"So if you go out early in the morning they are waking up, their bellies are full and they ramble back into the woods and that’s the time you get the deer."

He uses camouflage gear to disguise where he’s hiding and sometimes goes out in the evening as well.

He also reveals that often he would get five deer in one morning and he had to do a one day hunter’s course to teach him how to field dress the carcass.

"Firstly you examine its liver to make sure there’s no fluke or sickness or anything like that," he notes. "So we field dress it out and then we dig a hole a metre deep and you would bury all their entrails into that."

He has become an expert at how to kill them.

"You have to shoot the deer in the neck or in the heart, they’re the best places to hit them.

"You can’t shoot on the main road. You can’t shoot after 8pm at night or in the dark. I wouldn’t like anyone shooting near me in the dark."

While the native fallow deer are off limits for half the year, an alien species called muntjac deer can be shot all year round.

Kevin claims there are as many as 10,000 deer in the north Galway area.

"There’s a field in Ballygar and we counted over 140 deer one night coming out of the woods. There’s a football pitch in Ballygar where I see them, but I don’t shoot there as there’s kids there.

"I was hoping maybe to get a crossbow and shoot them with that, as it would be safer. You can’t be using a rifle where there’s people there and there’s a bang.

"To get my licence for deer I have to go to a farmer that will give you permission to shoot the deer. It’s generally around Ballygar and I also shoot around the Glenamaddy area. I’d know all the local farmers from being in the gun club and whatever.

"Dairy farmers don’t like the deer because they’re grazing and also the stag have antlers and they get caught up in the wire and the cows would get out. They would get caught in that especially in the rutting season. Every stag’s horns fall off in the springtime anyway, so you won’t know the stag from a female."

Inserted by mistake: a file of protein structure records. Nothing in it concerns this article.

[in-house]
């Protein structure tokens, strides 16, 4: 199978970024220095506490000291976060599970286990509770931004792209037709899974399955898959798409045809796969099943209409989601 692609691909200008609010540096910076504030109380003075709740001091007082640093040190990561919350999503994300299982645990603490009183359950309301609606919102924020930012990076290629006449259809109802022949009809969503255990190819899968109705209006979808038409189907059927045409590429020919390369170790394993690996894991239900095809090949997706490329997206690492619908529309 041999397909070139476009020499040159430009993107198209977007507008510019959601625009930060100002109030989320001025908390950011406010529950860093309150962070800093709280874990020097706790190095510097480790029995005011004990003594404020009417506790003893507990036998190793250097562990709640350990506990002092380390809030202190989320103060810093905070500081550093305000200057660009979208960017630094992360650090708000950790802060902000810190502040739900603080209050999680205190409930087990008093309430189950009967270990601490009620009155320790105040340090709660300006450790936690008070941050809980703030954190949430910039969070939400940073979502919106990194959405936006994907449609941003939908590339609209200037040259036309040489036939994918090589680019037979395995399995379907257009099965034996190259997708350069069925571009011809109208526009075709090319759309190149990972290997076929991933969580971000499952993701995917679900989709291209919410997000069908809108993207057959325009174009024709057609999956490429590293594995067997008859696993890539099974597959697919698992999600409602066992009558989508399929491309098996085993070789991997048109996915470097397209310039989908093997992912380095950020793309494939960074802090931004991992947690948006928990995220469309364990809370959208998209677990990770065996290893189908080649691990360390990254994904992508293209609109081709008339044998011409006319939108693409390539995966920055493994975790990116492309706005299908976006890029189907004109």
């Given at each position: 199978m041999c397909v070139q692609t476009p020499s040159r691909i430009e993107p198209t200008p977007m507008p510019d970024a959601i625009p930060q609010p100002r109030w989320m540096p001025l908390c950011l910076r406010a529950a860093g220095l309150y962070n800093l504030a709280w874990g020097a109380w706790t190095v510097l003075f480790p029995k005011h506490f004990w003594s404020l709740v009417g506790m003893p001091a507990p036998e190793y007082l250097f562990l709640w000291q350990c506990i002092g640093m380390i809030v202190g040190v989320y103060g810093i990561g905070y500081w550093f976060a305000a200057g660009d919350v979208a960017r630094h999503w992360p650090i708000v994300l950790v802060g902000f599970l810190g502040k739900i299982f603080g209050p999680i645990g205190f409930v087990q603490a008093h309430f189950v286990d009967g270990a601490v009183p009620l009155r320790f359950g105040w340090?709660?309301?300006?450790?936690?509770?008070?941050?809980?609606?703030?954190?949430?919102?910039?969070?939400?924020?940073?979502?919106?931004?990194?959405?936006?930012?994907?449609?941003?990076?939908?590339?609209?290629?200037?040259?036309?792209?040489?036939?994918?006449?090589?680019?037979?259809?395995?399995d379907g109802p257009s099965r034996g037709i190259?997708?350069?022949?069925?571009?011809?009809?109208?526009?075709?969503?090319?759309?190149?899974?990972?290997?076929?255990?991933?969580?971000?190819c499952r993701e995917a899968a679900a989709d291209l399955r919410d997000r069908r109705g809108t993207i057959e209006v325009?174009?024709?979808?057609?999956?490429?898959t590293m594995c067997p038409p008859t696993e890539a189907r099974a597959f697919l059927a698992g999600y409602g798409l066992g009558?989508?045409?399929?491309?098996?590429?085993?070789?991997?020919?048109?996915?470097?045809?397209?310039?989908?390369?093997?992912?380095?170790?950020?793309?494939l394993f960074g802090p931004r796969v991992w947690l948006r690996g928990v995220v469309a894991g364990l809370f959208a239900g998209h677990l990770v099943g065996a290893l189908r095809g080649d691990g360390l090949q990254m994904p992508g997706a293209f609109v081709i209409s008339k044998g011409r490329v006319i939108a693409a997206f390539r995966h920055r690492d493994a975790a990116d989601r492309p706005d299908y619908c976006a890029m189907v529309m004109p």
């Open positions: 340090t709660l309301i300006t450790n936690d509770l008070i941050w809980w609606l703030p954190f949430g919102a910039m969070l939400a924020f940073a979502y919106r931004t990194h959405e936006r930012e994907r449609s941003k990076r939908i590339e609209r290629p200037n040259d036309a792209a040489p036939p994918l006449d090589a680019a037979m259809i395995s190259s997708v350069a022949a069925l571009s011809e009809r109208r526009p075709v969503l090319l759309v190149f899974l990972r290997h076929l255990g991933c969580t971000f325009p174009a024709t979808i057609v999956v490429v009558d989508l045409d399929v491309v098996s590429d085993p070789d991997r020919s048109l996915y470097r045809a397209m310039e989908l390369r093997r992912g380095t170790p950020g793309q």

He agrees that some people don’t like him killing the deer.

"We met a guy in Ballygar last year and we were stalking and he said ‘listen there’s three deer that come into my field at night time, please don’t shoot them, the children love them’. Of course we would respect his wishes," he said.

Kevin added that he grew up around animals and his first love was horses and showjumping.

"When I was growing up we always had pigs and their babies and after a few months old then a few of them would be killed, it’s a way of life.

"Ducks would be my thing. I reared 100 of them and 20 geese. I’d also have a few pheasants."

He believes some people give blood sports a bad name, but argues it’s a necessary evil.

"The first hunting I ever did was fox hunting on horseback,. I was part of a community into horses.

"I joined a local hunt. Jumping and cross country. I’m an animal person. Fox hunting is a less cruel way of conservation. Others trap them, they shoot them and some die from blood poisoning. Others dig them out and throw them to dogs. When we dispatch with a gun, end of story. I’ve only seen a fox killed in the open, when a dog broke its neck."

Kevin now has a new ambition.

"I’m hoping to get a job with Coillte as a marksman.

"Coillte has fellows working for them. Deer do a lot of damage."